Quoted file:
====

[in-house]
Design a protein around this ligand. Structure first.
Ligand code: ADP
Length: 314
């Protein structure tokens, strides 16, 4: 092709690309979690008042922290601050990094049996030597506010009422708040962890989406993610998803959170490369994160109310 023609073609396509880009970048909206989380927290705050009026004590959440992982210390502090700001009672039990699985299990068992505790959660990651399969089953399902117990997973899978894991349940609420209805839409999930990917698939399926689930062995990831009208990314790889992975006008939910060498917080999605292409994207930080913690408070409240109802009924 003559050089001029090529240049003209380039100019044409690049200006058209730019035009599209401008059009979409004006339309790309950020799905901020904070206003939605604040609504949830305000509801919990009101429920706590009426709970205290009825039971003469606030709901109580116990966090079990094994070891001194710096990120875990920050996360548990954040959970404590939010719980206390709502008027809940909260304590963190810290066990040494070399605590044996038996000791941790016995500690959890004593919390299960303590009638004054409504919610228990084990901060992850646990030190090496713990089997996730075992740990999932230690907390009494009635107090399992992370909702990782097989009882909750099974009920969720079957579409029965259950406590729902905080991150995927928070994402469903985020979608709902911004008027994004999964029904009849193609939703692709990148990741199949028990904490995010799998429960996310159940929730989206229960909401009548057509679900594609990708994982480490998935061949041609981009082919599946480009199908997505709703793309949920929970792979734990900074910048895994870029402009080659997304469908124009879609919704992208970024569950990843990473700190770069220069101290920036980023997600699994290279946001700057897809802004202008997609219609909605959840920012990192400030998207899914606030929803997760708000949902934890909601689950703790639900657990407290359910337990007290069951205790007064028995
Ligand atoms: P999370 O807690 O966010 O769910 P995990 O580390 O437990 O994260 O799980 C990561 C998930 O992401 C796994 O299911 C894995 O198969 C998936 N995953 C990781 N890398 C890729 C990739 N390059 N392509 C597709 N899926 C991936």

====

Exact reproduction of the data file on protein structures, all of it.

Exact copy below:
[in-house]
Design a protein around this ligand. Structure first.
Ligand code: ADP
Length: 314
């Protein structure tokens, strides 16, 4: 092709690309979690008042922290601050990094049996030597506010009422708040962890989406993610998803959170490369994160109310 023609073609396509880009970048909206989380927290705050009026004590959440992982210390502090700001009672039990699985299990068992505790959660990651399969089953399902117990997973899978894991349940609420209805839409999930990917698939399926689930062995990831009208990314790889992975006008939910060498917080999605292409994207930080913690408070409240109802009924 003559050089001029090529240049003209380039100019044409690049200006058209730019035009599209401008059009979409004006339309790309950020799905901020904070206003939605604040609504949830305000509801919990009101429920706590009426709970205290009825039971003469606030709901109580116990966090079990094994070891001194710096990120875990920050996360548990954040959970404590939010719980206390709502008027809940909260304590963190810290066990040494070399605590044996038996000791941790016995500690959890004593919390299960303590009638004054409504919610228990084990901060992850646990030190090496713990089997996730075992740990999932230690907390009494009635107090399992992370909702990782097989009882909750099974009920969720079957579409029965259950406590729902905080991150995927928070994402469903985020979608709902911004008027994004999964029904009849193609939703692709990148990741199949028990904490995010799998429960996310159940929730989206229960909401009548057509679900594609990708994982480490998935061949041609981009082919599946480009199908997505709703793309949920929970792979734990900074910048895994870029402009080659997304469908124009879609919704992208970024569950990843990473700190770069220069101290920036980023997600699994290279946001700057897809802004202008997609219609909605959840920012990192400030998207899914606030929803997760708000949902934890909601689950703790639900657990407290359910337990007290069951205790007064028995
Ligand atoms: P999370 O807690 O966010 O769910 P995990 O580390 O437990 O994260 O799980 C990561 C998930 O992401 C796994 O299911 C894995 O198969 C998936 N995953 C990781 N890398 C890729 C990739 N390059 N392509 C597709 N899926 C991936």